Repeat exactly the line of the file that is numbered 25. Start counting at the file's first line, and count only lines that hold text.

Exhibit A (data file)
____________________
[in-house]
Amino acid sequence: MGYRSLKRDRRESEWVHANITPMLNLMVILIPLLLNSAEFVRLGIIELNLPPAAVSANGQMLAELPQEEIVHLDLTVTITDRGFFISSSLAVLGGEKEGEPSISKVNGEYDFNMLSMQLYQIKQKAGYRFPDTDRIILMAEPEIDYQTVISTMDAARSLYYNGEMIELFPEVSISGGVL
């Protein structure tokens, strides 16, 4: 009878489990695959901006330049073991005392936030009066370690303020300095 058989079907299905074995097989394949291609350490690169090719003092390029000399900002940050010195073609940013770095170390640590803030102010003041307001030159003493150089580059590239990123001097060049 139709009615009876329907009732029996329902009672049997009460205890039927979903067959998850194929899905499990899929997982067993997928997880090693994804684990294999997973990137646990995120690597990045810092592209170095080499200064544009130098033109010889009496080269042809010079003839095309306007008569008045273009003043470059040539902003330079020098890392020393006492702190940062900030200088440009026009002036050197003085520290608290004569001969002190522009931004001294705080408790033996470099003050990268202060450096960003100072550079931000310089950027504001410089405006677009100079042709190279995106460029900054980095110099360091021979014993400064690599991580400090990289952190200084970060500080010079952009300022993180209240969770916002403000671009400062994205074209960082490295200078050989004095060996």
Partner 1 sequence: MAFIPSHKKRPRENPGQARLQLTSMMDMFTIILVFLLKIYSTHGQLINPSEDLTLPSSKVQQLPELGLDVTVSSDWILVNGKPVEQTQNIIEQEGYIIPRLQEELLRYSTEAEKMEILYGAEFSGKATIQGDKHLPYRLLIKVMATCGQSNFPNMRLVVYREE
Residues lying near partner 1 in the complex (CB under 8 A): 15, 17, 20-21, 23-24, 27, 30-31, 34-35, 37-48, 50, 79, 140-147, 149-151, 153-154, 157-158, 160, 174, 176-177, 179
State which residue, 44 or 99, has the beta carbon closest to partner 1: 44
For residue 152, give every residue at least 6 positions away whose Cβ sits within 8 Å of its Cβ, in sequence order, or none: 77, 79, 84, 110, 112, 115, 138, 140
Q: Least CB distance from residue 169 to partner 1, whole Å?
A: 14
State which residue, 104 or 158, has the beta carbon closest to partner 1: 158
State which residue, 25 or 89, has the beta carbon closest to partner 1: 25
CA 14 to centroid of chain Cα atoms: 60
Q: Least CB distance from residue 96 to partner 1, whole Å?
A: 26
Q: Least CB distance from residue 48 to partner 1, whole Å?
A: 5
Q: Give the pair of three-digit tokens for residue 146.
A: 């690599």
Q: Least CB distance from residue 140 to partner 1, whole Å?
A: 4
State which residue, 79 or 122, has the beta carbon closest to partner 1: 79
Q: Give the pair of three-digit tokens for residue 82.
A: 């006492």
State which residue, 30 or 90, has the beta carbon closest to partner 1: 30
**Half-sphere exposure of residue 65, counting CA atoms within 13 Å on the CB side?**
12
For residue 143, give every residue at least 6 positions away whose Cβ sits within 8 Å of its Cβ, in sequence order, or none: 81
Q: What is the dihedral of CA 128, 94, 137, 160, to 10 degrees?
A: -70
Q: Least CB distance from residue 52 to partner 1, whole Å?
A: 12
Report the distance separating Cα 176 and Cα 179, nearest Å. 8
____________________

**Half-sphere exposure of residue 65, counting CA atoms within 13 Å on the CB side?**